In sum, there is little labor market evidence that Wisconsin faces a skills gap. Nor is there any evidence that Wisconsin is at a “competitive disadvantage” compared to other states in human capital formation and the nurturing of a skilled workforce. Consequently, as we will examine later, policies purporting to rectify the fake skills gap in Wisconsin will have little impact on the state’s real labor market problem: the stagnant growth of family-supporting jobs.
In other words, the "job creators" have failed, and have screwed over Wisconsin workers for well over the last decade with low wages, so understandably they have a problem filling their openings when they refuse to pay a proper wage (stupid supply and demand).

Not surprisingly, the oligarchs at WMC are trying to push back against Levine's study. WMC President Jim Morgan claimed he had anecdotal evidence from business owners that there is indeed a skills gap.
“We read the report and waited to get to the part where the professor talked to manufacturers,” Morgan wrote. “Unfortunately, he did not.”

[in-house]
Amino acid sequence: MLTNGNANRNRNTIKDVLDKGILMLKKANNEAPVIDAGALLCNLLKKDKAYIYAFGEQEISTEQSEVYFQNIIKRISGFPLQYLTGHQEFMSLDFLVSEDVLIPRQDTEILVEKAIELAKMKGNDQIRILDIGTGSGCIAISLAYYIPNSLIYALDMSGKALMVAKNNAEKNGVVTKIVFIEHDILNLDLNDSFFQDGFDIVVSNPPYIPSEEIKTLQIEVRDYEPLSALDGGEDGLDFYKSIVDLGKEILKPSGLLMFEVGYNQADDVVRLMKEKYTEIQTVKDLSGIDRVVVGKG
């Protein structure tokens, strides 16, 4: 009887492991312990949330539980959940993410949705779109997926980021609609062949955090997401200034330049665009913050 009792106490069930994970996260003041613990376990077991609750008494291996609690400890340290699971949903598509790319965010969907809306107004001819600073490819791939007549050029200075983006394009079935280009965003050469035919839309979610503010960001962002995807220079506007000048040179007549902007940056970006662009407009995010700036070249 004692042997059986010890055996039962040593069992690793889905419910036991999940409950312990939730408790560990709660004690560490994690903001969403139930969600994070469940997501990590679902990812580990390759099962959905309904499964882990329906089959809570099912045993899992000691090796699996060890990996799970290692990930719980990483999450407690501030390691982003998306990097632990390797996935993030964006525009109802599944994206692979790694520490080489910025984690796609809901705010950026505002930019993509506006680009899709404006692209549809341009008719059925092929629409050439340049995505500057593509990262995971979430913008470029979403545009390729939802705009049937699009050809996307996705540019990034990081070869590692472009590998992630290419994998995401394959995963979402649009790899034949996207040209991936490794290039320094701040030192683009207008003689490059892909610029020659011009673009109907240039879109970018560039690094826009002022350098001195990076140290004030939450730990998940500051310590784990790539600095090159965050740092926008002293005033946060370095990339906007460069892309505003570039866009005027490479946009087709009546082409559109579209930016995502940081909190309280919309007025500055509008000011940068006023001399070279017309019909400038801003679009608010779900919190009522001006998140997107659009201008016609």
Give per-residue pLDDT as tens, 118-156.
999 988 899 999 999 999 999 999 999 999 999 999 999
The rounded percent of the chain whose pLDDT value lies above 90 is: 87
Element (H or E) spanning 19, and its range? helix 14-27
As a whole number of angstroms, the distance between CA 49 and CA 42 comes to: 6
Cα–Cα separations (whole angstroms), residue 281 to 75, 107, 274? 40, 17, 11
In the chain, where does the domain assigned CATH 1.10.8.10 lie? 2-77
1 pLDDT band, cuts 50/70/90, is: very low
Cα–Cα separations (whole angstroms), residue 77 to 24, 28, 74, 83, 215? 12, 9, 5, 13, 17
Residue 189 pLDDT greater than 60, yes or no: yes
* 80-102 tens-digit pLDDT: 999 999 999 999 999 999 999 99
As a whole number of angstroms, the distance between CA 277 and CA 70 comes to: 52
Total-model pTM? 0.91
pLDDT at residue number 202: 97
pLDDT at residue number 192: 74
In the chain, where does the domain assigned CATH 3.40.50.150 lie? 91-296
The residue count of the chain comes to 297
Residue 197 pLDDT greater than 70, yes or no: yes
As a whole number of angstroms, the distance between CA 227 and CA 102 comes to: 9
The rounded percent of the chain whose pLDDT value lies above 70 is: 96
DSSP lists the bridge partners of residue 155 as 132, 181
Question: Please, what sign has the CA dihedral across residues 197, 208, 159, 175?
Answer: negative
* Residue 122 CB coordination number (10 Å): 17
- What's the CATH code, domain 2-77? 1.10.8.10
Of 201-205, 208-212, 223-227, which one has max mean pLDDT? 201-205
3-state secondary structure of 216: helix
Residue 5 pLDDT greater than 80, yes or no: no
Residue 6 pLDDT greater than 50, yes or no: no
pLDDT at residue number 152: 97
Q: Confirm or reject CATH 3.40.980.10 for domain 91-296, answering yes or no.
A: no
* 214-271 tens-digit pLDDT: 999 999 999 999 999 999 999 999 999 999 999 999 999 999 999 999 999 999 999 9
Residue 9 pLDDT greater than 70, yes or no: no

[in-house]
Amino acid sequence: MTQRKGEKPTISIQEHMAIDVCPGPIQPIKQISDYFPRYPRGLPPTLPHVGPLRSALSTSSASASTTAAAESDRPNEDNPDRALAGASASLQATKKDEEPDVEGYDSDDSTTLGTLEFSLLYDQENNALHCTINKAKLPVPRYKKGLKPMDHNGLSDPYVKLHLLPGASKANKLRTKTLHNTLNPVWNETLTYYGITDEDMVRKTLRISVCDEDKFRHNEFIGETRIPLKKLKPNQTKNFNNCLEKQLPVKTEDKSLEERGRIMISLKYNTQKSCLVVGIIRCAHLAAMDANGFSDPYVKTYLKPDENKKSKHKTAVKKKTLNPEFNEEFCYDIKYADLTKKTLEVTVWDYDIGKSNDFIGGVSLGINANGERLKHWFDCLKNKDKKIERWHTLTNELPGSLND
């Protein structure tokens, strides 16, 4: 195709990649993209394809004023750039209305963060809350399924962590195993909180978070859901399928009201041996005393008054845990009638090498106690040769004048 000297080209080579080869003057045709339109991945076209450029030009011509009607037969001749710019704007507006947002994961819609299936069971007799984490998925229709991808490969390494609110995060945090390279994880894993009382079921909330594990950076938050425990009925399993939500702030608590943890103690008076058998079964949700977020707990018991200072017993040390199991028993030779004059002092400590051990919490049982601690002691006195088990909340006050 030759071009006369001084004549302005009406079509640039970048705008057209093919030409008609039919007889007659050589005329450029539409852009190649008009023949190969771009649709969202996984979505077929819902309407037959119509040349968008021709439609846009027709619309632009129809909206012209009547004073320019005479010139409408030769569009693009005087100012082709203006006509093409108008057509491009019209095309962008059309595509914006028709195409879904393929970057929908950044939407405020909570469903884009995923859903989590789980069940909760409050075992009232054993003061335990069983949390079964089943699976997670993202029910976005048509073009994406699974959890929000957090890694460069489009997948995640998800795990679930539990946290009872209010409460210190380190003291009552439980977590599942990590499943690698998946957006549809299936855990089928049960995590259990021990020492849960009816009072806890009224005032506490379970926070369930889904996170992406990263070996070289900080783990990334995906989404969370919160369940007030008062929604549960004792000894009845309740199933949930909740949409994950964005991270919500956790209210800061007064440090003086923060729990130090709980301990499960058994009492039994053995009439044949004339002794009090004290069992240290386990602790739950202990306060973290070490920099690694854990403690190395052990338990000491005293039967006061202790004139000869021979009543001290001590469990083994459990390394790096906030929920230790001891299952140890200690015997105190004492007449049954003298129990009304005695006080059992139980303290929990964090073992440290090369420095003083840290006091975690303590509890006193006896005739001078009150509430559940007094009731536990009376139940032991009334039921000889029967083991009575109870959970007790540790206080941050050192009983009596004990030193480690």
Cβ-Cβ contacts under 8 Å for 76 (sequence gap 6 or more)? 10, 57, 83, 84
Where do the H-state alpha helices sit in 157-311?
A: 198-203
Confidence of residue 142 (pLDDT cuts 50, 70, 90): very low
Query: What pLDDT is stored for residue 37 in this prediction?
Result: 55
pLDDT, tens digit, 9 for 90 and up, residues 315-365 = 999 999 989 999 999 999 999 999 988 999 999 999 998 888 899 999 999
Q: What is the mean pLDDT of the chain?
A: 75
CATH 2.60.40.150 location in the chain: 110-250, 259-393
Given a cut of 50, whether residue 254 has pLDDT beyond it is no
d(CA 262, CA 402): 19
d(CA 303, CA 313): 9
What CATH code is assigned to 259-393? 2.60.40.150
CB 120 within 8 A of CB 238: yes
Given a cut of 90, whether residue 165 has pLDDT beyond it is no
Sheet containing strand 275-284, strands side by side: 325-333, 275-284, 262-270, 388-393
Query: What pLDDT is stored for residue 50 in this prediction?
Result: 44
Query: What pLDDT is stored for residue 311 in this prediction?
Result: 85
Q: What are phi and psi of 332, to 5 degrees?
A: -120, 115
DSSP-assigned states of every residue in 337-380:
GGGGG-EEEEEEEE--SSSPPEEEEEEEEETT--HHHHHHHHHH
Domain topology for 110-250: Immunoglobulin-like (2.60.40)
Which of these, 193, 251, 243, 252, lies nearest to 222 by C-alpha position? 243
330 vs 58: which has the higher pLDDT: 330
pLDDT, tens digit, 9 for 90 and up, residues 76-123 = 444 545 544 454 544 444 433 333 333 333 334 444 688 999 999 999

Morgan said that WMC talked to more than 300 manufacturers last year, and they are struggling to hire because “the skills of the people in the pipeline don’t match the skills needed.”

“If the determination of what is actually going on in the marketplace is between a theoretical review of academic studies and data sources, or the reality of hundreds and hundreds of Wisconsin manufacturers who are trying to hire, we will trust the manufacturers,” Morgan said in his response
Yes, because business owners would NEVER cover up for their own deficiencies by blaming the workers for their failures. And why aren't the businesses doing their job by training these employees and making efforts to cultivate better employees and productivity? I'll tell you why, BECAUSE THEY'RE MOOCHERS trying to extract as much as they can out of a desperate workforce in a time of higher-than-normal unemployment.

And Levine's study backs up the trend we've seen in the last 40 years, where wages have declined as a percentage of GDP to the lowest level it's been since they've tracked the stat.

Methinks Mr. Levine has hit the mark with this one, and the job creators (who create nothing except a mechanism to line their own pockets) don't like the exposure. Because when it comes to growing our manufacturing sector, we don't have a skills gap, we have a LOW-WAGE PROBLEM, and that's not something that oligarchs and GOP politicians ever want to admit, because it'll also admit that the trickle-down mentality of trusting business owners is a failure. But you already knew that, right?

1 comment:

  1. I sure wish one of the MSM rags would do a story regarding the corporate backing of cutting funds for education, especially in technical schools, and then crying foul because there isn't an educated work force to choose from.